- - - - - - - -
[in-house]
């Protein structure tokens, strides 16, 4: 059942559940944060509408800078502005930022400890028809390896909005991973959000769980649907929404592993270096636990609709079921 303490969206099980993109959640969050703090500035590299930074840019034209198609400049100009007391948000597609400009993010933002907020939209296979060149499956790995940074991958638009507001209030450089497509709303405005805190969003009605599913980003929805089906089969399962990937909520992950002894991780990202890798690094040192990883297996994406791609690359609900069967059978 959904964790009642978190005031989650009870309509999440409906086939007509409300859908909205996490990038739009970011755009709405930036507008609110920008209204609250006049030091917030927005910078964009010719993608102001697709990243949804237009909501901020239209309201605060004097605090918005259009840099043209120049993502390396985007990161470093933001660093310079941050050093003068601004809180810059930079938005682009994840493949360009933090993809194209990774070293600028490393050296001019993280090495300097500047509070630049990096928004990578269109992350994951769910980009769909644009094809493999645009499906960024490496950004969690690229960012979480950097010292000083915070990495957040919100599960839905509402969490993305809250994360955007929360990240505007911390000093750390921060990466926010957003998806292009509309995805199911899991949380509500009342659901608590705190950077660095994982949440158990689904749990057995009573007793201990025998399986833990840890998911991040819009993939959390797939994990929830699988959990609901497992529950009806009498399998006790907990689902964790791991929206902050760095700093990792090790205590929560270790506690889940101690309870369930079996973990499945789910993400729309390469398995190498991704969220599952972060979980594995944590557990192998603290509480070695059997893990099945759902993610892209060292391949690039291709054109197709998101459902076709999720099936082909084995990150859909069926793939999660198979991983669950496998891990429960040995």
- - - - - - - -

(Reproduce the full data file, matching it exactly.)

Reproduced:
[in-house]
């Protein structure tokens, strides 16, 4: 059942559940944060509408800078502005930022400890028809390896909005991973959000769980649907929404592993270096636990609709079921 303490969206099980993109959640969050703090500035590299930074840019034209198609400049100009007391948000597609400009993010933002907020939209296979060149499956790995940074991958638009507001209030450089497509709303405005805190969003009605599913980003929805089906089969399962990937909520992950002894991780990202890798690094040192990883297996994406791609690359609900069967059978 959904964790009642978190005031989650009870309509999440409906086939007509409300859908909205996490990038739009970011755009709405930036507008609110920008209204609250006049030091917030927005910078964009010719993608102001697709990243949804237009909501901020239209309201605060004097605090918005259009840099043209120049993502390396985007990161470093933001660093310079941050050093003068601004809180810059930079938005682009994840493949360009933090993809194209990774070293600028490393050296001019993280090495300097500047509070630049990096928004990578269109992350994951769910980009769909644009094809493999645009499906960024490496950004969690690229960012979480950097010292000083915070990495957040919100599960839905509402969490993305809250994360955007929360990240505007911390000093750390921060990466926010957003998806292009509309995805199911899991949380509500009342659901608590705190950077660095994982949440158990689904749990057995009573007793201990025998399986833990840890998911991040819009993939959390797939994990929830699988959990609901497992529950009806009498399998006790907990689902964790791991929206902050760095700093990792090790205590929560270790506690889940101690309870369930079996973990499945789910993400729309390469398995190498991704969220599952972060979980594995944590557990192998603290509480070695059997893990099945759902993610892209060292391949690039291709054109197709998101459902076709999720099936082909084995990150859909069926793939999660198979991983669950496998891990429960040995």